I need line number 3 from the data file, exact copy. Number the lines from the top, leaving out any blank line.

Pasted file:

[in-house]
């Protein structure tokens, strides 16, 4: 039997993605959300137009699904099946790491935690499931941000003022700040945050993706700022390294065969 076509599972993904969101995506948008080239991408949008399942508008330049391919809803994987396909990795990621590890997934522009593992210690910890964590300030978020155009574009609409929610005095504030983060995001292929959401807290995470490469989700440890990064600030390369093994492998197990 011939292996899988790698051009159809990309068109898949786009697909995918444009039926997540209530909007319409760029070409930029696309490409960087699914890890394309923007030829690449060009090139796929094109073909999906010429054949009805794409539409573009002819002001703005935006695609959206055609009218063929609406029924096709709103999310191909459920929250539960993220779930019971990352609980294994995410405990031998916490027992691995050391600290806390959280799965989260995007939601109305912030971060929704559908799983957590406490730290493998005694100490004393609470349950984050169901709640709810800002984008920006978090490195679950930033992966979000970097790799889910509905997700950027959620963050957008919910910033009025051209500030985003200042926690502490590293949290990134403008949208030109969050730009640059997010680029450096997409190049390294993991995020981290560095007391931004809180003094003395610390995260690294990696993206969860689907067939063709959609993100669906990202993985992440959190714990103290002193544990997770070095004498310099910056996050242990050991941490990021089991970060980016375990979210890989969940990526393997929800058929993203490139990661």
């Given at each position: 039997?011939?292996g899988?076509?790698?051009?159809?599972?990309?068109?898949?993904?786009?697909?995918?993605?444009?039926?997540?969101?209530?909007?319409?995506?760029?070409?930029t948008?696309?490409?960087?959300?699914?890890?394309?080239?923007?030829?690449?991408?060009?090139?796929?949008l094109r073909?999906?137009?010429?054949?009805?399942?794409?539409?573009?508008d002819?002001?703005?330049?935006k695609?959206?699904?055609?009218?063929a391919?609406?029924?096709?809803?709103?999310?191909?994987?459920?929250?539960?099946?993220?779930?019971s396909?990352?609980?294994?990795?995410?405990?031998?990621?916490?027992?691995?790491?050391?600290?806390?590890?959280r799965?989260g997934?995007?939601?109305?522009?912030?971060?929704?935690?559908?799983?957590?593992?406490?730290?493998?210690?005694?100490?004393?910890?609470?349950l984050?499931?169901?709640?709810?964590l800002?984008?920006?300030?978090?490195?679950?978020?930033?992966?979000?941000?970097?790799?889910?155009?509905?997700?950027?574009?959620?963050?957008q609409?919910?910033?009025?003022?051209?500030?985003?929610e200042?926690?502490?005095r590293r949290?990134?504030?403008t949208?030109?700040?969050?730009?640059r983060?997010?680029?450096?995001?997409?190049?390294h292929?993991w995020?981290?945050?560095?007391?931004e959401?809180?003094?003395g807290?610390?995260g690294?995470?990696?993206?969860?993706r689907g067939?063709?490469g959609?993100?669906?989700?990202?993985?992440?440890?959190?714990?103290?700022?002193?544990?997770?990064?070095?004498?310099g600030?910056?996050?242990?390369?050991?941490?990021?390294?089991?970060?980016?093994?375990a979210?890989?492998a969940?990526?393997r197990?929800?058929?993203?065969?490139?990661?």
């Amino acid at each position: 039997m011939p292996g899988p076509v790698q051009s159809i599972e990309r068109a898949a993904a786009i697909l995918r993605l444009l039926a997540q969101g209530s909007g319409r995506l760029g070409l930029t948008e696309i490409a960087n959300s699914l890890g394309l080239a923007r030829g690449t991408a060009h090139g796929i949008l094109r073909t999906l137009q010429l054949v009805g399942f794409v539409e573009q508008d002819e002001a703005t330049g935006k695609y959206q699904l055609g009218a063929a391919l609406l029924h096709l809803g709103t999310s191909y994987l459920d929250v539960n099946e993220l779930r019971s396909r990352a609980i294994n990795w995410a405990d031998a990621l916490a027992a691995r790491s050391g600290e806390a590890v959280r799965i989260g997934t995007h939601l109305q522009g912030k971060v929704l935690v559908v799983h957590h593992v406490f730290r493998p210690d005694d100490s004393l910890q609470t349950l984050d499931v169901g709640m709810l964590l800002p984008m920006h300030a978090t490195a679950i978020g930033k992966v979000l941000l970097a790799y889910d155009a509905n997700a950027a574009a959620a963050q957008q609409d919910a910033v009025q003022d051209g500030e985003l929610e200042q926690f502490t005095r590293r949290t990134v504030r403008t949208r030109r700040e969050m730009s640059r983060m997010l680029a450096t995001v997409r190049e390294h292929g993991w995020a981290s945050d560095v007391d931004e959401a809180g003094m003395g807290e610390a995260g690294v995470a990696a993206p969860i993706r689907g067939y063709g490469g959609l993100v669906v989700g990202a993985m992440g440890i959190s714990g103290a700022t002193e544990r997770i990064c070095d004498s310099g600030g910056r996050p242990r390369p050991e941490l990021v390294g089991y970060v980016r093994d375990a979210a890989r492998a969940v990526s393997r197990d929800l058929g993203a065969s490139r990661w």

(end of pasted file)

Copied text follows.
């Given at each position: 039997?011939?292996g899988?076509?790698?051009?159809?599972?990309?068109?898949?993904?786009?697909?995918?993605?444009?039926?997540?969101?209530?909007?319409?995506?760029?070409?930029t948008?696309?490409?960087?959300?699914?890890?394309?080239?923007?030829?690449?991408?060009?090139?796929?949008l094109r073909?999906?137009?010429?054949?009805?399942?794409?539409?573009?508008d002819?002001?703005?330049?935006k695609?959206?699904?055609?009218?063929a391919?609406?029924?096709?809803?709103?999310?191909?994987?459920?929250?539960?099946?993220?779930?019971s396909?990352?609980?294994?990795?995410?405990?031998?990621?916490?027992?691995?790491?050391?600290?806390?590890?959280r799965?989260g997934?995007?939601?109305?522009?912030?971060?929704?935690?559908?799983?957590?593992?406490?730290?493998?210690?005694?100490?004393?910890?609470?349950l984050?499931?169901?709640?709810?964590l800002?984008?920006?300030?978090?490195?679950?978020?930033?992966?979000?941000?970097?790799?889910?155009?509905?997700?950027?574009?959620?963050?957008q609409?919910?910033?009025?003022?051209?500030?985003?929610e200042?926690?502490?005095r590293r949290?990134?504030?403008t949208?030109?700040?969050?730009?640059r983060?997010?680029?450096?995001?997409?190049?390294h292929?993991w995020?981290?945050?560095?007391?931004e959401?809180?003094?003395g807290?610390?995260g690294?995470?990696?993206?969860?993706r689907g067939?063709?490469g959609?993100?669906?989700?990202?993985?992440?440890?959190?714990?103290?700022?002193?544990?997770?990064?070095?004498?310099g600030?910056?996050?242990?390369?050991?941490?990021?390294?089991?970060?980016?093994?375990a979210?890989?492998a969940?990526?393997r197990?929800?058929?993203?065969?490139?990661?």